James Emejo in Abuja
The Executive Director, Africa Industrialisation Group, Mr. Carl Oshodi, has linked the failure of Public Private Partnerships (PPPs) in the country to the absence of a governance architecture to protect contracts.
He said until the government is able to address the four key requirements namely power, security, infrastructure and corruption, “the concept of PPP will continue to fail because the infrastructure and governance system to drive it is lacking”.
Speaking in an exclusive chat with THISDAY, on the heels of the Pan African Infrastructure Protection Master Class and Business Development Forum, themed: “Protecting the Awakened Giant: Africa, Infrastructure and Personnel,” slated for April 20-25 in Kigali, Rwanda, Oshodi, said stressed that before any PPP could be successful, there must be an effective governance architecture in place.
According to him: “Governance architecture is a system that the government has to put in place that coordinates the activities of both government, the people and the private sector.
“The essence of PPP is for the private sector to drive the activities of government with a purpose of developing a business model that generates revenue for the government.
“But when the components that should make up this list of requirement are not there: power, security, infrastructure and corruption: when these four components are lacking in your governance architecture, the PPP you think you have will fail.”
He said: “So, infrastructure in Nigeria is actually dilapidating particularly critical infrastructure and our advice has been that the government should open up the window of opportunity for the private sector to come in to support it.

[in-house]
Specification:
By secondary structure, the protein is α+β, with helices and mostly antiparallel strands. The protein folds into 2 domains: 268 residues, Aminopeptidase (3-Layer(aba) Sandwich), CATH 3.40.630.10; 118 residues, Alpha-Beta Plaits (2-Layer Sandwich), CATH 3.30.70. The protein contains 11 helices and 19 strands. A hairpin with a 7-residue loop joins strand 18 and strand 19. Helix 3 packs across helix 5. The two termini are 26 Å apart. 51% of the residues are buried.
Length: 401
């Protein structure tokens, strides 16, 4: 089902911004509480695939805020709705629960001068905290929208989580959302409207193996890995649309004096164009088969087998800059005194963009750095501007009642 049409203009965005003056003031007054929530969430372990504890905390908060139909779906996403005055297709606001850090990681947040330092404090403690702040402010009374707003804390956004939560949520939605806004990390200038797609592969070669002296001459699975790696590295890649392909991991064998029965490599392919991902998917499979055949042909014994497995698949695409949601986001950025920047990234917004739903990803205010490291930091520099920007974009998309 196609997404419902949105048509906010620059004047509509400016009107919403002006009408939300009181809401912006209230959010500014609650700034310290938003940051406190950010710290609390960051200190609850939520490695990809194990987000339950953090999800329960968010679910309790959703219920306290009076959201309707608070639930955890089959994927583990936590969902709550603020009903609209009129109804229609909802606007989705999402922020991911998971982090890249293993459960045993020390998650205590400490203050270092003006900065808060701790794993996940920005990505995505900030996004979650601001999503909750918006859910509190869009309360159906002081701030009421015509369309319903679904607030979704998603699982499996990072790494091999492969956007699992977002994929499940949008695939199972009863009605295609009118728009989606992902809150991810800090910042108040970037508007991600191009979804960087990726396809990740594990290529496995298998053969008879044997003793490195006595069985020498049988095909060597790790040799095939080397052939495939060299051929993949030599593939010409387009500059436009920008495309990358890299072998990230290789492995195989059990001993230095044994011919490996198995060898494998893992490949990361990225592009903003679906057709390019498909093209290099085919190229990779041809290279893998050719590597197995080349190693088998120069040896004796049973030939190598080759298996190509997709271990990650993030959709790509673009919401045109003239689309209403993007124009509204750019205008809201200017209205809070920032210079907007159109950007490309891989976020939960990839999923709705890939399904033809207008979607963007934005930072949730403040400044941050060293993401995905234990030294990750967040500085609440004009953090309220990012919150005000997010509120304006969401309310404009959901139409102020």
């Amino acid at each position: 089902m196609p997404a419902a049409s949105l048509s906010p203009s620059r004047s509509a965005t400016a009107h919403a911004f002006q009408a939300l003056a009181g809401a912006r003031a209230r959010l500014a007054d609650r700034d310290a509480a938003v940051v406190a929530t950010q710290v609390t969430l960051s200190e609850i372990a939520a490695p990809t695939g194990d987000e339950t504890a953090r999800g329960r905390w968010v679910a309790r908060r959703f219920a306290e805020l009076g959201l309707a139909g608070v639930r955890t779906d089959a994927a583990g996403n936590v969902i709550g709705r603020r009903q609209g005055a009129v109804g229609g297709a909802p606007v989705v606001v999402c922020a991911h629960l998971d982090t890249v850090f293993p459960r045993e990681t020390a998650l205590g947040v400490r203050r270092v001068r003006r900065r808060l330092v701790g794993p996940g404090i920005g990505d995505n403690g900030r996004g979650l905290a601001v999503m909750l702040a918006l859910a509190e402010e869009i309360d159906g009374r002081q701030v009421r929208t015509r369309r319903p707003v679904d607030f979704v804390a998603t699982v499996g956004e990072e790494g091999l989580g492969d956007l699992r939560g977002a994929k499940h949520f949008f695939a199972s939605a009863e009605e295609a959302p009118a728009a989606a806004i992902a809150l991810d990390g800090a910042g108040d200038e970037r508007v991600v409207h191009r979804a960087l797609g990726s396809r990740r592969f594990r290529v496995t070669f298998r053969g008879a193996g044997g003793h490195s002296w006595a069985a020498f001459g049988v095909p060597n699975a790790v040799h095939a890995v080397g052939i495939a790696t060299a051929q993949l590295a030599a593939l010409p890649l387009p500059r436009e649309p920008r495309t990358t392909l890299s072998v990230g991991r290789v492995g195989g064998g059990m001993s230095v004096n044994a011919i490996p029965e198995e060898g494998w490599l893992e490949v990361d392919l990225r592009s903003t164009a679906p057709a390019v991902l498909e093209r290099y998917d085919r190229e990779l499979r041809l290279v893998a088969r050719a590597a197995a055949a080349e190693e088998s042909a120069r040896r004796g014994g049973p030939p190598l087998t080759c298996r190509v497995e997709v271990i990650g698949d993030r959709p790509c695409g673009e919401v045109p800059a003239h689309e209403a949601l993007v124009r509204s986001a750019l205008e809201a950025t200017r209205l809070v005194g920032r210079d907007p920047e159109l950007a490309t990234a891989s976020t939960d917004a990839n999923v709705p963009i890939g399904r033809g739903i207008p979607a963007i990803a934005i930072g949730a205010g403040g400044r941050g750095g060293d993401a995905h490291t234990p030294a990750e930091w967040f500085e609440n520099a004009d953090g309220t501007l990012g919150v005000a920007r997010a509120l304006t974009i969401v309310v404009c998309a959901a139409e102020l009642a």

“And to also create enabling environment for the private sector to be able to be assured that their infrastructure which they are building will also not be jeopardised because if government deliberate policy is not to fast track or actually enhance the development of the management of infrastructure, there will be no guarantee for the private sector who are actually also pilling up their own infrastructure and for that infrastructure to grow.
“Which means that the policies of the government, give or take affect the development of infrastructure generally.”
Oshodi, said currently, Nigeria’s infrastructure decay was also affecting infrastructure development in other countries of the continent, noting that the country occupies a leading role in terms of services in the trade and industrial development of Africa.
He said infrastructure development had been low because the government has not had a deliberate policy focus and procedure that brings the private sector and the government to support each other in upscaling, protecting, reviewing and updating infrastructure in terms of the services that are needed to give it a different face.
According to him: “With time, infrastructure depletes and if there is sustainable maintenance on these infrastructure, if there’s care, you will see that infrastructure will not only provide what the government desires but will actually help in bringing the government closer to its promises.”